(MCT) — With labor negotiations going nowhere — that is, when both sides have actually sat at the bargaining table — the NHL announced on Thursday it was canceling the first two weeks of the regular season.
Despite a record $3.3 billion in revenue last season, the NHL and the players’ union have not been able to put a new collective-bargaining agreement in place. The league locked out the players after the CBA expired on Sept. 15.
Donald Fehr, executive director of the NHL Players Association, said in a statement that the decision to cancel the first two weeks was “the unilateral choice of the NHL owners. If the owners truly cared about the game and the fans, they would lift the lockout and allow the season to begin on time while negotiations continue.”
Bill Daly, the NHL’s deputy commissioner, fired back in a news release, saying the league was “extremely disappointed” to cancel the first two weeks. “The game deserves better, the fans deserve better, and the people who derive income from their connection to the NHL deserve better,” he said.
At the crux of the labor dispute: Trying to divide the $3.3 billion in hockey-related revenue. The players received 57 percent in the last CBA, but the owners want it reduced to around 47 percent. The players are asking for 53 to 54 percent.
The NHL has pointed out that players in the NFL (48 percent) and the NBA (50 percent) receive less — and those sports have TV contracts that are much more lucrative than the NHL’s.
Fehr, who was the players’ union leader when the baseball strike canceled the 1994 World Series, said a lockout should be the “last resort in bargaining, not the strategy of first resort.”
Said the NHL’s Daly: “This is not about winning or losing a negotiation. This is about finding a solution that preserves the long-term health and stability of the league and the game.”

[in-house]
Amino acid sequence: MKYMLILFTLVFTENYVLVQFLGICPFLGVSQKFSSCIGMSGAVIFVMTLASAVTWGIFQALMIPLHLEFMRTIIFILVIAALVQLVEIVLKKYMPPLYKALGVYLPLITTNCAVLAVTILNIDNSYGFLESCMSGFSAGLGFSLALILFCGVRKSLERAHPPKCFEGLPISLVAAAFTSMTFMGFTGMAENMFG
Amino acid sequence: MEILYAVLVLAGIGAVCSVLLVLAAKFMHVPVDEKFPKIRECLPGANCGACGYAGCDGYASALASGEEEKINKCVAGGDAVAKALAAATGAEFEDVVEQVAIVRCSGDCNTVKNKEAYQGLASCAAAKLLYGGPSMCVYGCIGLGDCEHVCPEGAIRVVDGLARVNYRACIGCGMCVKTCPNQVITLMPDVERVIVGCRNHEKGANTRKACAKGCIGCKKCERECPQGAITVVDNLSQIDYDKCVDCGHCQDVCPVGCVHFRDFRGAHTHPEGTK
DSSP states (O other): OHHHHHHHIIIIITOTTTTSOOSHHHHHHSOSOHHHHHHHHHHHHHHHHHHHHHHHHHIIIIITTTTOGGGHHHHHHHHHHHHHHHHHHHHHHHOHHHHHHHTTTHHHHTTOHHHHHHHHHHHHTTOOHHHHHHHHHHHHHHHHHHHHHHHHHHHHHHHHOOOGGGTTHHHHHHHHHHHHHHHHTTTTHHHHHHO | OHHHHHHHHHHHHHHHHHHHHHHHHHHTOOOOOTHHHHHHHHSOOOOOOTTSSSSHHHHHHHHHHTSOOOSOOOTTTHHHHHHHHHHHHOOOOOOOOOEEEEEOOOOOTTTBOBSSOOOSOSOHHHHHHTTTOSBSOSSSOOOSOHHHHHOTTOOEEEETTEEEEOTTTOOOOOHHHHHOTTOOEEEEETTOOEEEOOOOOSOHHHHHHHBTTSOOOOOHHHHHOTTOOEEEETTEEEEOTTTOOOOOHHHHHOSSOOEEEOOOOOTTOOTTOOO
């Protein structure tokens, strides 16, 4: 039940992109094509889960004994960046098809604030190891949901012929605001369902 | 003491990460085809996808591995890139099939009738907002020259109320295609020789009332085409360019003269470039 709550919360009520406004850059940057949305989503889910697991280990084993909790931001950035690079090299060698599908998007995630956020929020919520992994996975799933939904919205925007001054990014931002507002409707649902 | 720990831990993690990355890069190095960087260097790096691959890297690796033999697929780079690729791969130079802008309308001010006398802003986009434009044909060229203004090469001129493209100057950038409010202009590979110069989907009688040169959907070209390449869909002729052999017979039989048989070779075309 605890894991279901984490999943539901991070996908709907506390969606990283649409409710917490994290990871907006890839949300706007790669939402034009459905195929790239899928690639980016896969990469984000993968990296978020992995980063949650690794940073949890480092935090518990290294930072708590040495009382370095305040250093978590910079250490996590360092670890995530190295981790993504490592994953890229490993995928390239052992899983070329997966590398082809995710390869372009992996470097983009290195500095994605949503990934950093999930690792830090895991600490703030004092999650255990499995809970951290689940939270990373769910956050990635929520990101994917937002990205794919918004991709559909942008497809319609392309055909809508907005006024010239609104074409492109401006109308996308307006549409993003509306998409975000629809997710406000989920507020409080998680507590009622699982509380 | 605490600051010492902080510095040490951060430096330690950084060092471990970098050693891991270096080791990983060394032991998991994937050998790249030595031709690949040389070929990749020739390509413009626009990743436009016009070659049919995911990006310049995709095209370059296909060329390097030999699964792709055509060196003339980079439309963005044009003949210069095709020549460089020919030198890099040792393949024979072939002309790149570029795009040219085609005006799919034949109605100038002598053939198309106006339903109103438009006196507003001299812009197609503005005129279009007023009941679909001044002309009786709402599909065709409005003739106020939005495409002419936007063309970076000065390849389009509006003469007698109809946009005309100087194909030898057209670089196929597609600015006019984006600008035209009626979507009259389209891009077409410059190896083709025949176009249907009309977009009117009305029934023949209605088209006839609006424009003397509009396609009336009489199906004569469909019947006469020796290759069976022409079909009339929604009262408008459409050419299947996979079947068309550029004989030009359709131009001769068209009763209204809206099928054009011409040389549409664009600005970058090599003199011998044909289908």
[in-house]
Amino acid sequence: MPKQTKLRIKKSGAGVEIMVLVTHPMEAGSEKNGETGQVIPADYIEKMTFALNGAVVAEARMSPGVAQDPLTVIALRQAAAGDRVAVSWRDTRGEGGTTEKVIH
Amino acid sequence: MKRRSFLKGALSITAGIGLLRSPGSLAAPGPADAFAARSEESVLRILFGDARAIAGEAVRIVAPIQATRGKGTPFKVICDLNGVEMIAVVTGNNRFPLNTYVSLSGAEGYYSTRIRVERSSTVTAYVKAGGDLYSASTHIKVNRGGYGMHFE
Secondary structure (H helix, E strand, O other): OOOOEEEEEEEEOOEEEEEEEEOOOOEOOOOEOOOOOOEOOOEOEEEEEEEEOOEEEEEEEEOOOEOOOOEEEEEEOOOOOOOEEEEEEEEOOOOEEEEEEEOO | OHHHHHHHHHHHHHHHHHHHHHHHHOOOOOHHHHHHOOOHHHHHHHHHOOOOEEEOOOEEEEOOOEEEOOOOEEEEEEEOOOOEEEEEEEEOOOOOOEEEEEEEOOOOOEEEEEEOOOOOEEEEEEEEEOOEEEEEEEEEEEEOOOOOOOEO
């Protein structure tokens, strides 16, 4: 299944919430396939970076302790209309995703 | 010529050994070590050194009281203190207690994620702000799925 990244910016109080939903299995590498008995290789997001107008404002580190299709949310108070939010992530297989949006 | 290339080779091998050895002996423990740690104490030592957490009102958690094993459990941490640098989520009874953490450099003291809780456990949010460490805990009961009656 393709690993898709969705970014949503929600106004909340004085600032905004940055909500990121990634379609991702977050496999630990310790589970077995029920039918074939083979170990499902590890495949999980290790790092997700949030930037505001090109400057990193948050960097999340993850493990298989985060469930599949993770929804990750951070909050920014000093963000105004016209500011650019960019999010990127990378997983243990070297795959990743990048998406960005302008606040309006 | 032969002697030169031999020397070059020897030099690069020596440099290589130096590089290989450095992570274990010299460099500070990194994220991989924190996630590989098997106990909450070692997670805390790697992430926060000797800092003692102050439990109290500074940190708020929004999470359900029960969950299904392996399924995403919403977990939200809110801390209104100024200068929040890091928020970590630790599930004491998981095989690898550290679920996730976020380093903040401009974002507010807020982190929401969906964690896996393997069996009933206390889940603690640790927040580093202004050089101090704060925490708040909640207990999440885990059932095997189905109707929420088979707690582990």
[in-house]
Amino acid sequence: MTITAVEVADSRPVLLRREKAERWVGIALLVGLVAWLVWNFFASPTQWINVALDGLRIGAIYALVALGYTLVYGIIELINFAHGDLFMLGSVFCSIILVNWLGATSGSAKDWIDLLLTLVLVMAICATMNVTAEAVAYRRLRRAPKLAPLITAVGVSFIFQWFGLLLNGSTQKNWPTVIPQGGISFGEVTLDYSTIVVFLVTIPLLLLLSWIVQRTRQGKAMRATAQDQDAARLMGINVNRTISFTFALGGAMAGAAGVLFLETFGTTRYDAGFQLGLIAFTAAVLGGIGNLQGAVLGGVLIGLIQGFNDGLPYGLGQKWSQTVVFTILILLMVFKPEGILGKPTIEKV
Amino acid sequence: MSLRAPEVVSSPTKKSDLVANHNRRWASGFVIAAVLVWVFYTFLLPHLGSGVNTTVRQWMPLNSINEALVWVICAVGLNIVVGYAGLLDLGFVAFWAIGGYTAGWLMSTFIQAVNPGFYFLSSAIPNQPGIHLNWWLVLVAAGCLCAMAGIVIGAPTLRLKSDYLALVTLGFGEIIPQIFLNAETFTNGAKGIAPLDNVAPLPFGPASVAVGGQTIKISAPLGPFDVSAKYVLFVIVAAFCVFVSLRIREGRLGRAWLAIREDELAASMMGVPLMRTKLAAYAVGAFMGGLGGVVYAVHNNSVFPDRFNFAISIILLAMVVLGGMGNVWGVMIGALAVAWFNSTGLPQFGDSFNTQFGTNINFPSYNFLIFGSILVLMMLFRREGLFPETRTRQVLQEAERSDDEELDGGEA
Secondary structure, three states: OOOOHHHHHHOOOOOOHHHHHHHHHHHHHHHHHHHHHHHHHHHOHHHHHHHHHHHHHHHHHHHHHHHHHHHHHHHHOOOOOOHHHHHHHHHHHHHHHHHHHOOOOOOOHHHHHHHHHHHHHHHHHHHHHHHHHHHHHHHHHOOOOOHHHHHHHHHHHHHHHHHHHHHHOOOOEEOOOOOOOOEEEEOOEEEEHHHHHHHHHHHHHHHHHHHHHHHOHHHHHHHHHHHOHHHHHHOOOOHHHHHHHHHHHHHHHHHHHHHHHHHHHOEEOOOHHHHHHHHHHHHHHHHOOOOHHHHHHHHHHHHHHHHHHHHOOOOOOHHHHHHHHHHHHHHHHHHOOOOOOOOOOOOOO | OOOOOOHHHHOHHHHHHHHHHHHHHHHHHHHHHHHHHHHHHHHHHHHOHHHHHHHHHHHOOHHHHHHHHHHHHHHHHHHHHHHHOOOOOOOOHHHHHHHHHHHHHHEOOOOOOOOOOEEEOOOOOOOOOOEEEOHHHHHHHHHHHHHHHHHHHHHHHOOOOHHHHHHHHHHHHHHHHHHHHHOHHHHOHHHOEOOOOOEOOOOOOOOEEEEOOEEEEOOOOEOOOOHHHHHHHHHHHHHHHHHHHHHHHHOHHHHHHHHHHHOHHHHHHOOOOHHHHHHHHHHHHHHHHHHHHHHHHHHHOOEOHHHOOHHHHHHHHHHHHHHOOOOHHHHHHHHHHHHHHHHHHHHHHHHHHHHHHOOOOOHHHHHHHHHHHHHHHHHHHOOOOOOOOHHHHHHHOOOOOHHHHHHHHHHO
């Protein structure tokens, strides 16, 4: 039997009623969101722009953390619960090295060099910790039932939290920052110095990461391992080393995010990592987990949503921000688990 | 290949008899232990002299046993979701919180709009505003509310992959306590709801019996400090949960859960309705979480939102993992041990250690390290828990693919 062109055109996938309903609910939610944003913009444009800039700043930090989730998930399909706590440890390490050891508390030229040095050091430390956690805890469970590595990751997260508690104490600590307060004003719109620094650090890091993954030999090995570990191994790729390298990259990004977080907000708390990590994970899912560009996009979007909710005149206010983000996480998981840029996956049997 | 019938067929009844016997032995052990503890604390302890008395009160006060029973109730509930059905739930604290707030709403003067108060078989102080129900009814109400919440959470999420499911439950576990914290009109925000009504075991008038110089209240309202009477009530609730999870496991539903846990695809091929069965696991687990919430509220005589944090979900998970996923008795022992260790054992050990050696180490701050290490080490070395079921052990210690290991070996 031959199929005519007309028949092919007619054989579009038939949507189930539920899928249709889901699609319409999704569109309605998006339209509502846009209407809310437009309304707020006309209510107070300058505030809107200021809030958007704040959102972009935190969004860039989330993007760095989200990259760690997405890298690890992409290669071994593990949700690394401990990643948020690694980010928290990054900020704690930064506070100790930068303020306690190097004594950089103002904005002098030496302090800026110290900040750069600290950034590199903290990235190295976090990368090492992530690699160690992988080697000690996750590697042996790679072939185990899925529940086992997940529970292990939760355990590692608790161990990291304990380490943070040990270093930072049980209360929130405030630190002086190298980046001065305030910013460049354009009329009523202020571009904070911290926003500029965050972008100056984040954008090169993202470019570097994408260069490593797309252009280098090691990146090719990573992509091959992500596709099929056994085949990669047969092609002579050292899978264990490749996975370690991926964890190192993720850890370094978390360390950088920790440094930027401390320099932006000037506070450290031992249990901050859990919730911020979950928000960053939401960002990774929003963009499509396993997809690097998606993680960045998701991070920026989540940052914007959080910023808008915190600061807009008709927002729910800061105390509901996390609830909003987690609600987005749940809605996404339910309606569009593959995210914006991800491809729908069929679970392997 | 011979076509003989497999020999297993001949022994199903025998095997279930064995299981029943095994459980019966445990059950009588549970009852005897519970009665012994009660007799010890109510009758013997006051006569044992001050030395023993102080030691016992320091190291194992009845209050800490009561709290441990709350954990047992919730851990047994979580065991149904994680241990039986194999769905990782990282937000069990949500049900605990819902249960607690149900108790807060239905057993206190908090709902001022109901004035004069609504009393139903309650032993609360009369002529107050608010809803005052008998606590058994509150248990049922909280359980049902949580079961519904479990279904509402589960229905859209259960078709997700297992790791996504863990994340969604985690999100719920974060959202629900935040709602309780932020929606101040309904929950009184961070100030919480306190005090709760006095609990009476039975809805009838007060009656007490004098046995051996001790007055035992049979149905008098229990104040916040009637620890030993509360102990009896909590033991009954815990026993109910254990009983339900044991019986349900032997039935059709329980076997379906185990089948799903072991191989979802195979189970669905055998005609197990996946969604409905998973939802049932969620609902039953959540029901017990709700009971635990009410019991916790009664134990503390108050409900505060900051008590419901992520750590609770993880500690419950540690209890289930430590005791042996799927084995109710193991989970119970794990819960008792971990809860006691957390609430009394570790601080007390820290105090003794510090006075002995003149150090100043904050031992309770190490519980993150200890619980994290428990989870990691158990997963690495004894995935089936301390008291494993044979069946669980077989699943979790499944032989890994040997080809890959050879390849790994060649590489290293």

The league had previously canceled exhibition games; as a result, the NHL estimated it has lost $100 million in revenue.
More losses are coming. By erasing the first two weeks of the season, the league will lose a total of 82 games. Canada’s TSN estimated that the players will lose about $120 million in salaries during that span.
The NHL and the NHLPA do not have any bargaining sessions scheduled.
“It’s disappointing,” said defenseman Braydon Coburn, the Flyers’ player representative, referring to the cancellation of games. “It’s been the owners’ choice to lock out the players, and it’s obviously their choice to take this first step and cancel some regular-season games. But the players are committed to making a deal that’s fair to both sides.”
A year ago, Forbes reported that the Flyers took in $54 million in gate receipts for the previous season.
For the Flyers, that means four games will be wiped out: home contests against Boston, Pittsburgh, and Winnipeg and a road meeting against the New York Islanders.
This year, the Flyers have sold about 18,200 season tickets to the 19,537-seat Wells Fargo Center. Only five people have canceled their tickets because of the lockout, said Shawn Tilger, the Flyers’ senior vice president of business operations.
Season-ticket holders can elect to receive 2 percent interest on the money they have paid the team or receive refunds for games canceled on a month-by-month basis.
Because of the lockout, players will not receive their first paychecks on Oct. 15. But at around the same time they will receive escrow checks, giving them 8.5 percent of their 2011-12 salaries.
Meanwhile, Flyers forwards Danny Briere and Claude Giroux decided to play in Germany during the lockout. They will play for Eisbaren Berlin in the top German league. Ilya Bryzgalov, Wayne Simmonds, Jake Voracek, Ruslan Fedotenko and Matt Read are other Flyers playing overseas.